By some strange coincidence, several months ago I had purchased copies of Neil Young’s On the Beach and Songs: Ohia’s Magnolia Electric Co. on the same day. While there’s a perfectly rational explanation (mainly, my desire to listen to some good ol’ fashioned American guitar rock), I’ve been trying to convince myself that, perhaps, there was some sort of divine intervention involved. By the grace of some higher power, I was drawn to Jason Molina’s melancholy baritone and Neil Young’s biting cynicism. The two share more than a few sonic similarities. And what Young was to many in the seventies (and still), Molina, unquestionably, is to numbers of young indie rockers, albeit ones with a jones for classic rock.
There’s no doubt about Molina’s talent as a songwriter, nor the influence that Neil Young plays on that very songwriting. And much like Young, Molina isn’t afraid to change course in mid-career, dropping the Martin and trading it in for a Les Paul. But Molina hasn’t been playing music nearly as long as Young has, which makes the comparison a little too era specific. What Comes After the Blues isn’t Molina’s Trans or Arc. He hasn’t voiced his (occasionally bi-polar) bitter political vitriol in song, nor has he made albums specifically to piss off his label (or fans, whether it be intentional or not). For some reason, I just don’t see Secretly Canadian making too many enemies.
That said, What Comes After the Blues could be seen as the Zuma to Magnolia Electric Co.‘s On the Beach. And Trials And Errors, Magnolia Electric Co.’s Tonight’s the Night was sandwiched in-between. There are plenty of sonic comparisons to be made, and like Zuma, What Comes After the Blues is pretty darned good. But it’s no On the Beach.
The first three tunes on Blues are some of the best songs in the Molina catalog, no matter what era we’re talking. “The Dark Don’t Hide It” is a powerful, inspired rock `n’ roll opener with, by far, the catchiest chorus on the record. In this song, Molina flexes his lyrical muscle, mixing wit with world-weary philosophies and downright cynicism:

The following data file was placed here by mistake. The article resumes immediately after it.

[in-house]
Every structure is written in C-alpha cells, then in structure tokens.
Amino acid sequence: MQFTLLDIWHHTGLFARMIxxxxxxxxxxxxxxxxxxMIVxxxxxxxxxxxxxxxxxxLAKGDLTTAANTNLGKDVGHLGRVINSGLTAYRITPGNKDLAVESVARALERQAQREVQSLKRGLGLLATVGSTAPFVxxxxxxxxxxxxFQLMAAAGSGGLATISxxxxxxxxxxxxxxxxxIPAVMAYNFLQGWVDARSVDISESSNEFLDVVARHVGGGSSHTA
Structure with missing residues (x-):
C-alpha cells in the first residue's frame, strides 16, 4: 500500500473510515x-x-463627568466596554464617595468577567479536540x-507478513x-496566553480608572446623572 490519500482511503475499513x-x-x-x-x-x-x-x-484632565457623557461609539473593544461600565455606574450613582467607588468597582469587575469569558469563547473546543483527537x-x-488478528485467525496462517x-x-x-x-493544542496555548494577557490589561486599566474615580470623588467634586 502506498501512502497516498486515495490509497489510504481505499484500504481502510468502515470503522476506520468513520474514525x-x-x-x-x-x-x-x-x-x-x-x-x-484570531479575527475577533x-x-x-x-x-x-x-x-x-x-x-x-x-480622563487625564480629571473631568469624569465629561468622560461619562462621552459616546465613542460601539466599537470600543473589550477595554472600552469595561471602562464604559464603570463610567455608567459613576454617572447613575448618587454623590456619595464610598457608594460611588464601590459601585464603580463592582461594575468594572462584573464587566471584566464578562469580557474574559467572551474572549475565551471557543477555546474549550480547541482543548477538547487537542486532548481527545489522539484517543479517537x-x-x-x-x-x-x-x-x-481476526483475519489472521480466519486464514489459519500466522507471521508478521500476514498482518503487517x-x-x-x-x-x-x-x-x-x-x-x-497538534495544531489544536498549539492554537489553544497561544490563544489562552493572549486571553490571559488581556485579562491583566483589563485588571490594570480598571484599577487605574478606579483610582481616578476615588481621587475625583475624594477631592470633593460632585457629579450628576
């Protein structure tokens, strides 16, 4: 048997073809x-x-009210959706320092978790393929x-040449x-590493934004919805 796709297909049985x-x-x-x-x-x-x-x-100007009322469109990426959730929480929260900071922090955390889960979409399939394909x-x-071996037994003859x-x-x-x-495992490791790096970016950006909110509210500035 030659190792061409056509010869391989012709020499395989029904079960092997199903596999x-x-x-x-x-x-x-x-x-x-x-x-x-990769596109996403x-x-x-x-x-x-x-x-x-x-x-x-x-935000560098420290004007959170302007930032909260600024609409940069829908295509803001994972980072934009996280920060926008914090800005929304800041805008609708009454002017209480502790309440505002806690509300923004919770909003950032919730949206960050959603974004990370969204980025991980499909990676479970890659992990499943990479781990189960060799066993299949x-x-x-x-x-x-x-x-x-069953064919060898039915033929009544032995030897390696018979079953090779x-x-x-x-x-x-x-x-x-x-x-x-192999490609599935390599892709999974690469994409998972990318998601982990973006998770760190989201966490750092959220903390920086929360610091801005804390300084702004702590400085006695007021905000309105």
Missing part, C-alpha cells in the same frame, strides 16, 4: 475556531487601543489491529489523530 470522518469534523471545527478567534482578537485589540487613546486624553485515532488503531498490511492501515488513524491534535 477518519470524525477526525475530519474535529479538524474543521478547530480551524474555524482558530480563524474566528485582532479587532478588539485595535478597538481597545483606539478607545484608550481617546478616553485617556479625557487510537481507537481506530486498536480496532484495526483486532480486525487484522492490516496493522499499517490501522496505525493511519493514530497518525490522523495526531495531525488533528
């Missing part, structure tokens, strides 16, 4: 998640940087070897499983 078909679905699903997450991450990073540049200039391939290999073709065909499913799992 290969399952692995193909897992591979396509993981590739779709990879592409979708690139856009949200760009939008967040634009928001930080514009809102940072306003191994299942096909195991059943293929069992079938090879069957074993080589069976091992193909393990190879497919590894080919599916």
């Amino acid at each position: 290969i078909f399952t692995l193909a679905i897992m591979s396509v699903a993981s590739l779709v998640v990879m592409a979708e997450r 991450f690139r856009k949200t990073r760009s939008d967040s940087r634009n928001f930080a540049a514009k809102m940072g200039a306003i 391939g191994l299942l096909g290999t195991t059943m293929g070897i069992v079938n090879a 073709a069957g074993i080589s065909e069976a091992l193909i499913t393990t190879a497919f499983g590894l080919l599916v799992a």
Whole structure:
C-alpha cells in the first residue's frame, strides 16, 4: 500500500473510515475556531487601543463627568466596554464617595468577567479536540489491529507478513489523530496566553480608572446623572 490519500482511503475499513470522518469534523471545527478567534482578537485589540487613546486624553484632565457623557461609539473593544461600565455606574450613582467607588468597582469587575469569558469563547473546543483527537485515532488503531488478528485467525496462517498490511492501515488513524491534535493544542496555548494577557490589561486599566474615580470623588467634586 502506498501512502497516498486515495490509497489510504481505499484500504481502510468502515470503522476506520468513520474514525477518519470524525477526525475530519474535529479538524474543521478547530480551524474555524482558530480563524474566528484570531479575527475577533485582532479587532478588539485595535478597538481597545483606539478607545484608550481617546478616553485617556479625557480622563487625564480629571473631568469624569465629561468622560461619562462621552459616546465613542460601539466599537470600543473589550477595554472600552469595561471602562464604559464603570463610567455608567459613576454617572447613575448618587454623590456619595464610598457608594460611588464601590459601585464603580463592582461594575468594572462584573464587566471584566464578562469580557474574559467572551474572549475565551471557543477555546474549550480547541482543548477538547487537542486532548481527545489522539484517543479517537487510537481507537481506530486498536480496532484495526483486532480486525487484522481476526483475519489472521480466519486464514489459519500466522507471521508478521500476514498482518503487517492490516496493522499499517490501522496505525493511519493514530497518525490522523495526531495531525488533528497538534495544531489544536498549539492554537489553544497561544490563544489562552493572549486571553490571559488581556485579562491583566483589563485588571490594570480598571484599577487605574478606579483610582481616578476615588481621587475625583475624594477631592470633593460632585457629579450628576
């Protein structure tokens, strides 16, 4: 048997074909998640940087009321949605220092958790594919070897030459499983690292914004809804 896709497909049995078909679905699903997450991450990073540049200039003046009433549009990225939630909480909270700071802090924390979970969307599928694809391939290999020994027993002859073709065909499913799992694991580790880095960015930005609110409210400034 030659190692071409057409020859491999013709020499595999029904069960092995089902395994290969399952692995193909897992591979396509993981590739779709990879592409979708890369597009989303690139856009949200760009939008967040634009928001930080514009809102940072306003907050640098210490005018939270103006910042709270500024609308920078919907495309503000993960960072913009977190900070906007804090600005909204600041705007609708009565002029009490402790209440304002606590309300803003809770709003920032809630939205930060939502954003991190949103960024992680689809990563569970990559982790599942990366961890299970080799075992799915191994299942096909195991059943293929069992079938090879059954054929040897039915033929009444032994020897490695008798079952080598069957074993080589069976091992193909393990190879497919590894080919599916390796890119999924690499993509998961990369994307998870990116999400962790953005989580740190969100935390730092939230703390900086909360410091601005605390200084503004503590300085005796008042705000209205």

“Now the world was empty on the day they made it
But heaven needed a place to throw all the shit
Human hearts and pain should never be separate
They’d tear themselves apart just trying to fit”
The follower, “The Night Shift Lullaby,” with its female vocal lead courtesy of Jennie Benford, sounds more like Fleetwood Mac as Benford duets with Molina, bearing a striking resemblance to that of Nicks and Buckingham some years ago. And “Leave the City” automatically gets points for the best arrangement, as a piano, trumpet and lap steel open the song into an upbeat but melancholy alt-country sound. From there, the album goes into a lazier, laid back direction, as the beautiful folky “Hard to Love a Man” segues into the slow, bluesy “Give Something Else Away Every Day.”
The final three songs, however, revert back to the Songs: Ohia sound of old — stripped down, acoustic and quiet. It’s almost as if the band disappeared during the end of the recording process. “Northstar Blues” is the most densely layered of the three, sounding like one of Will Oldham’s quieter moments, while “Hammer Down” and “I Can Not Have Seen the Light” are far simpler, but nonetheless pretty tunes.
Jason Molina has been playing music for a long time. He’s recorded several albums under several different names, and as it so happens, most of them deserve your attention. But his career hasn’t yielded as high an output as Neil Young, no matter how many similarities the two performers may have. And as such, there’s not as much of a division between the good and the great, though thankfully, there don’t seem to be any throwaways either. What Comes After the Blues, however, falls more under good than great, but it’s still pretty damned good. And it sure as hell isn’t Trans.
My Morning Jacket – It Still Moves
Son Volt – Trace
Neil Young and Crazy Horse – Zuma